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Discussion on: There's More Than One Way to Become a Developer

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Aaron Todd

Just to be up front moved from a CompSci+Eng to just a Eng degree. I've been writing software almost 20 years and have played a part in hiring for 10+ years of that. I've worked in startups (usually leaving when they hit ~50ppl) and various other companies of 10-150ppl. In all these jobs we integrated with large multi-nats so I've experienced that, too. I grew up and got my degree in Australia and have worked in the US a while.

I got a degree in essentially physical engineering. Electronics, power electronics, semi fab, ASICs, control software, etc. I trained myself in writing code to write an online store for my employer at the time. I took a full time software job with one of the companies we supplied at the time once they found out I had created the store. It was after the first bubble so tech jobs were really difficult to find.

My first job was with a crew of self-taught developers - I found so many SQL bugs because they'd learned SQL but didn't really understand it.

Since then I've gotten every job I've had via word of mouth. After your first job it really doesn't matter what your qualifications are if you are networked and represent yourself well and do good work.

If you want an international career you will need to get a degree from a decent school unless you get a decade of experience and find a willing employer. It is possible to circumvent this but a degree makes things easier.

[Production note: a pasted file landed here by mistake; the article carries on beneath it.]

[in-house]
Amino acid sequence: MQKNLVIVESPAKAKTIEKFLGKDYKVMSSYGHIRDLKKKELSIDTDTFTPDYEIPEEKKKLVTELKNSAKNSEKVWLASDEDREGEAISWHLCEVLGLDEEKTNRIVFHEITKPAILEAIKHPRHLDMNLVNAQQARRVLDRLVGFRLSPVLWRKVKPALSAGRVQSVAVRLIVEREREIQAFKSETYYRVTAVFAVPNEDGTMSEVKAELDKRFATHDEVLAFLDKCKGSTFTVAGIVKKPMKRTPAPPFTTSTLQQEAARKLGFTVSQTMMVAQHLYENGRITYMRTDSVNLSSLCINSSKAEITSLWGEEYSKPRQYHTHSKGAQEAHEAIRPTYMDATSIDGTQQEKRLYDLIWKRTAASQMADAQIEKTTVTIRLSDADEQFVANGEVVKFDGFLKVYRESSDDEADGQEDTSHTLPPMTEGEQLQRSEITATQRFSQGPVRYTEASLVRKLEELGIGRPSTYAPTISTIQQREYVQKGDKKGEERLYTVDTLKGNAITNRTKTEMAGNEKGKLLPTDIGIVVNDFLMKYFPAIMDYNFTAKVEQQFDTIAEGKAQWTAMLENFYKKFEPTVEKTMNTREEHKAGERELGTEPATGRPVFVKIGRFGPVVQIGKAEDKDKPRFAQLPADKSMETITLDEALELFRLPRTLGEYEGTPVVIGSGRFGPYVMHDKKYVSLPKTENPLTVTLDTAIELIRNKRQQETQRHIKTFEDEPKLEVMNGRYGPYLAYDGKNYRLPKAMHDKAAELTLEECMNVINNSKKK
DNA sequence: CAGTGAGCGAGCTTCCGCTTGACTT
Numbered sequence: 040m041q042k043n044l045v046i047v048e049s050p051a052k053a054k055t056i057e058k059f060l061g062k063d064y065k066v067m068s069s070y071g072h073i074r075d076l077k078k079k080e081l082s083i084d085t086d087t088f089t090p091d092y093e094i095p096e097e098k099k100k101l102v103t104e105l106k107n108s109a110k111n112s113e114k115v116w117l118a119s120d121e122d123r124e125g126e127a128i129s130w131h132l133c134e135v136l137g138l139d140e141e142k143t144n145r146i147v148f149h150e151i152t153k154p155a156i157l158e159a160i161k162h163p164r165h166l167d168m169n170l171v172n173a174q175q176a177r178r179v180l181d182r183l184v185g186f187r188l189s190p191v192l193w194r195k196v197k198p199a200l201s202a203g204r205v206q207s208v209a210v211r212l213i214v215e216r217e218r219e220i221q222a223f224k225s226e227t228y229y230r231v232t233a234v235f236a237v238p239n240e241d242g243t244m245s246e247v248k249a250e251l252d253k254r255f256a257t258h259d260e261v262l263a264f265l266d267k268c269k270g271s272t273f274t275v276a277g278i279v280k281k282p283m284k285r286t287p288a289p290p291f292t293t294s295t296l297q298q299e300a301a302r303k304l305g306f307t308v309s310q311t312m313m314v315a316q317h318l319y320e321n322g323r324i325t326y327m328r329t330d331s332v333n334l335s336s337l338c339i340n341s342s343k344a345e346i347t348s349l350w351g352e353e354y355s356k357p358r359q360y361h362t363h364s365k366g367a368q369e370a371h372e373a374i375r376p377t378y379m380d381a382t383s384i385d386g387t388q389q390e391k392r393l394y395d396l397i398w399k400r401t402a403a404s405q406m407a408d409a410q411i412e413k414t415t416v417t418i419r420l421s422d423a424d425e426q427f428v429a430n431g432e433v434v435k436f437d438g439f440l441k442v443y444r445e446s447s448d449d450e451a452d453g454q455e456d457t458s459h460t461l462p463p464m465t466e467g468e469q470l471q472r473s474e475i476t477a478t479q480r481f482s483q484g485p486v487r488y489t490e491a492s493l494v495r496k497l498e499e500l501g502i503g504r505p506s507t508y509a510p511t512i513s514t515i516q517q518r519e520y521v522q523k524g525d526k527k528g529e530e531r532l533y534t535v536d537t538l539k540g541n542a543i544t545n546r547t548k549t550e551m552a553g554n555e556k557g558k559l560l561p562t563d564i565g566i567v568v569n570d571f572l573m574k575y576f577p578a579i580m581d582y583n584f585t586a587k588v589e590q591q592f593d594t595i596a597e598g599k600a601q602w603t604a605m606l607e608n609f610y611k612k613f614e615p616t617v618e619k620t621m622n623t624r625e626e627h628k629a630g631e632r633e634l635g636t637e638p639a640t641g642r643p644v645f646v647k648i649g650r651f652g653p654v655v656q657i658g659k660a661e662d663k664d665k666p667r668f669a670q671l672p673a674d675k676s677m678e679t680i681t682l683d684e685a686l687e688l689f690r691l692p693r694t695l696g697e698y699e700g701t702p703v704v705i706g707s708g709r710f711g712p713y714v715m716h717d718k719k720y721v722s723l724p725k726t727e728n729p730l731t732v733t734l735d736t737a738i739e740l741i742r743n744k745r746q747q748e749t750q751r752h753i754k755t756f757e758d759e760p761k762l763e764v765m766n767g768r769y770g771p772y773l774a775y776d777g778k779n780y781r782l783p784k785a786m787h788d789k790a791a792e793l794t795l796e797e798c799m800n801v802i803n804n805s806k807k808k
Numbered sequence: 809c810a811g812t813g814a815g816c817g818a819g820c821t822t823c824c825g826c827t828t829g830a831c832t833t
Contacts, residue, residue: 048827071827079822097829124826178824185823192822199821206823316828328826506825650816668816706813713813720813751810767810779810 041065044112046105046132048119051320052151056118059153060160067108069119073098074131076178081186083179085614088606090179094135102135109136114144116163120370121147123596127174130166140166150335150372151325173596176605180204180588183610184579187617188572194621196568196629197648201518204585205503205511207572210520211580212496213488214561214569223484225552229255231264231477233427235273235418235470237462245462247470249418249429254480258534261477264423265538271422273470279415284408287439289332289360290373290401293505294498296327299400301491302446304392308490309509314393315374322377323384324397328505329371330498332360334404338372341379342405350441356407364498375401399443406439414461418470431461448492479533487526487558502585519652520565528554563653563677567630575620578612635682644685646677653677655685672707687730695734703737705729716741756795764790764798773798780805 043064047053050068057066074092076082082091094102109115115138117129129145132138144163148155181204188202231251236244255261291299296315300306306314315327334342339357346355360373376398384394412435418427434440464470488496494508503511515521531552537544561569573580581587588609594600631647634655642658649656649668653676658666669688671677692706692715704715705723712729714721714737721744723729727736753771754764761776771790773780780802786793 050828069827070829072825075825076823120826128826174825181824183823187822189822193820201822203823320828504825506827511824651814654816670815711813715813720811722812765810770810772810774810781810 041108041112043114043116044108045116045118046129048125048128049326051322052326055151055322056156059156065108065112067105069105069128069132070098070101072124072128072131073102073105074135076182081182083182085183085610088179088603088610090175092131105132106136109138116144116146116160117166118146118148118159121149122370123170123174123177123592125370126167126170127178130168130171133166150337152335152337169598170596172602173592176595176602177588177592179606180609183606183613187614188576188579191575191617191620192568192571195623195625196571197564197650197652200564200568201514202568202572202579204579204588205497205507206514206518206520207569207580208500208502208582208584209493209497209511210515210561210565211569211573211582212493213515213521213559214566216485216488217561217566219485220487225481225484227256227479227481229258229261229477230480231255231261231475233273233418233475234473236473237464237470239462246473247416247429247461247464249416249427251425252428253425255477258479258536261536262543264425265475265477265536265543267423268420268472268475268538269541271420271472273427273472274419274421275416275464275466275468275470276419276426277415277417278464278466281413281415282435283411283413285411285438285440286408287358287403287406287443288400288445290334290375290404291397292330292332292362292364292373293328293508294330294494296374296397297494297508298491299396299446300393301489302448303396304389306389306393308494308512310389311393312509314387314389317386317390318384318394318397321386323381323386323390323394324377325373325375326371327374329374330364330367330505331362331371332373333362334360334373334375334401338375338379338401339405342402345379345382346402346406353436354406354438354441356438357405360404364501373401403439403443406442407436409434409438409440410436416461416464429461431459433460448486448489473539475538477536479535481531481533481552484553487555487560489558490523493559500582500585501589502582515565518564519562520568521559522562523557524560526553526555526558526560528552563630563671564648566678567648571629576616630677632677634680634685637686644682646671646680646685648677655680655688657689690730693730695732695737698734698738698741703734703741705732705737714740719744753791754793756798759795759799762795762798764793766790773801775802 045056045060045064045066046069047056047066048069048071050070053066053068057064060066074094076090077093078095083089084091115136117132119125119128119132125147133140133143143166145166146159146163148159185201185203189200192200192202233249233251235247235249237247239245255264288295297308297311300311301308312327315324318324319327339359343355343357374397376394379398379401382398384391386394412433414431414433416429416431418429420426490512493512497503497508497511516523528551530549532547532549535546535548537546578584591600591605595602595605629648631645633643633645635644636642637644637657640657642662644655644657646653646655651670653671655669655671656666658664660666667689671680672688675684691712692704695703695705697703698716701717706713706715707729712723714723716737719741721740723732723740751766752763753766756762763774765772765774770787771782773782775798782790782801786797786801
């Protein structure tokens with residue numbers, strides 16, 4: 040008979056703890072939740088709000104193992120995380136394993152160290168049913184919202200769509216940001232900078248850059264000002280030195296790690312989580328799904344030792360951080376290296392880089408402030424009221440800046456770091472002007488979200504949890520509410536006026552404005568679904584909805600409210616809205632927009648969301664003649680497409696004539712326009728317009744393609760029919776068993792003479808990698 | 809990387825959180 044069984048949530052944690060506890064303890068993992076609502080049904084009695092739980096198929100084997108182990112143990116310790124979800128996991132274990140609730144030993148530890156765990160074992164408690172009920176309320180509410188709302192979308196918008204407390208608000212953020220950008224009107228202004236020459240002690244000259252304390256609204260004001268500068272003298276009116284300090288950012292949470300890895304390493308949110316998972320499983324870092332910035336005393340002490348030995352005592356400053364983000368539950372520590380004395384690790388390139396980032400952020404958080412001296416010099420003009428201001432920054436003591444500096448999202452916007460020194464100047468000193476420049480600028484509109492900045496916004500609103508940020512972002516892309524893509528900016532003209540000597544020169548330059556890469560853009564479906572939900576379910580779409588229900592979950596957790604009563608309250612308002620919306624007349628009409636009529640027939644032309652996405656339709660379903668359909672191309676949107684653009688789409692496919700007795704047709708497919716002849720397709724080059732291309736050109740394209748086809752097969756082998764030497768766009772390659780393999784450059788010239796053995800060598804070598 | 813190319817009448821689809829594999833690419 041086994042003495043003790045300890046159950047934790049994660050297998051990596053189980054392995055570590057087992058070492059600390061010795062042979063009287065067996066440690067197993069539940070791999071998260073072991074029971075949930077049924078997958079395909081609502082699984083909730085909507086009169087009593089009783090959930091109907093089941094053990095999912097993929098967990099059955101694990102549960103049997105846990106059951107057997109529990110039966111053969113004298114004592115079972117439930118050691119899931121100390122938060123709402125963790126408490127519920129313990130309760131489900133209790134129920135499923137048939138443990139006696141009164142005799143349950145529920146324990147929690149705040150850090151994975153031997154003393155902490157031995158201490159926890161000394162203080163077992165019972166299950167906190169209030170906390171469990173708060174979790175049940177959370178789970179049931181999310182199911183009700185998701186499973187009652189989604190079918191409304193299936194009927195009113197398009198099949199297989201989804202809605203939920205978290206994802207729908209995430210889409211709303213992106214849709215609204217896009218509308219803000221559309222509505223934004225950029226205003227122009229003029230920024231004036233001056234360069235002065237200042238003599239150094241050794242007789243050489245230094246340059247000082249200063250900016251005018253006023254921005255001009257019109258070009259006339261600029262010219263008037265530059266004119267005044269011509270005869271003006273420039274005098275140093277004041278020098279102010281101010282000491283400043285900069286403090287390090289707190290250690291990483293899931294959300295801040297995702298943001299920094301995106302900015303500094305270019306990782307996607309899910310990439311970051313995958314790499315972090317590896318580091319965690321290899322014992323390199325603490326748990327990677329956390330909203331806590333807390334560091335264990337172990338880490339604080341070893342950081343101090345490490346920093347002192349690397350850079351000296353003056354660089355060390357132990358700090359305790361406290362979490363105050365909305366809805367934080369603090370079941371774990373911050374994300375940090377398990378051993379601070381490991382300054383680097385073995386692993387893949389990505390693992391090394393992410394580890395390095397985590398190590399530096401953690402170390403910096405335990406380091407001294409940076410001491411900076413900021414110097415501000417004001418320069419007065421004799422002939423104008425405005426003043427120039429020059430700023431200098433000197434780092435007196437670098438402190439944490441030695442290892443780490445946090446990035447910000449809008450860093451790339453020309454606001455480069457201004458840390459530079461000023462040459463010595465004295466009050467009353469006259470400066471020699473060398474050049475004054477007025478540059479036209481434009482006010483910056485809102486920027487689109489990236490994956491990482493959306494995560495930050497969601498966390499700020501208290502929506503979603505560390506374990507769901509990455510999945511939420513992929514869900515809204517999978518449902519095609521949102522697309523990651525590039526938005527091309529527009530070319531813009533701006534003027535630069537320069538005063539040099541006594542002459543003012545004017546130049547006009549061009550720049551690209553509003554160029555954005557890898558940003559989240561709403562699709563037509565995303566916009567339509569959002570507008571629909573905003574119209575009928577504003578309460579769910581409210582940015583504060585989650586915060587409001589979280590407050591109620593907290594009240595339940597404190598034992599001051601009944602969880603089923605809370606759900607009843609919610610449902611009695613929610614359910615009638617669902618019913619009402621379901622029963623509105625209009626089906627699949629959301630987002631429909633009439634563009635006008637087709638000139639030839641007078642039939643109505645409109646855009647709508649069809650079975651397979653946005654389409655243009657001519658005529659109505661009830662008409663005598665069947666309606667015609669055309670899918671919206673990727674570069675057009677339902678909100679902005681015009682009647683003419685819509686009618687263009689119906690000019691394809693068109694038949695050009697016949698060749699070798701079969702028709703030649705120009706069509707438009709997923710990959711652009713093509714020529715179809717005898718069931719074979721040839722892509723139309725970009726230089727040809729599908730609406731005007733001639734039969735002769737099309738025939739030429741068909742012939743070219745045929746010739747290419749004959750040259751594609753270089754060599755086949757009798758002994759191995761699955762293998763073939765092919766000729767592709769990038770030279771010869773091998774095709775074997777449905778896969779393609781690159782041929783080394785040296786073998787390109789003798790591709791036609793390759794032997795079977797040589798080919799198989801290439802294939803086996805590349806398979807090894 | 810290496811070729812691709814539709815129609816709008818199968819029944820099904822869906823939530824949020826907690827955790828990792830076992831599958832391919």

Outside of this one of the best developers I worked with did a semester of a biology degree and then taught themselves. The worst developer I ever worked with also was self taught.

You sort of hit on the main differential I've see between someone with a degree through to self-taught and that is breadth of knowledge. Depending on the quality of the school you'll generally get a wider knowledge than someone who teaches themselves and absolutely more than any bootcamp. You might not have used those skills enough to be practical but when a problem arises you are more likely to be able to find an existing pattern/algorithm or practice. You're also more likely to be able to differentiate between solutions as the problem sets get more complex.

I see bootcamps only as accelerated self teaching. They get you more quickly to the point where you can teach yourself but do not seem to give nearly a broad enough understanding of software development, computer science or anything else to be useful without further learning. College suffers the opposite problem in that they teach you a broad range of knowledge without necessarily seeing how to use it in the real world.

What I would say is that if you have a college CS grad they might have some lackluster skills but you typically have a large amount of shared understanding. With a bootcamp or self-taught person you quite often get hit with surprise gaps in their knowledge.

If a company has the resources to really hand-hold new recruits then I don't care about schooling as much as their demonstrable skills, ability to learn and their motivation. If the company has limited resources to train new developers then typically college graduates are easier because there is a shared understanding of knowledge.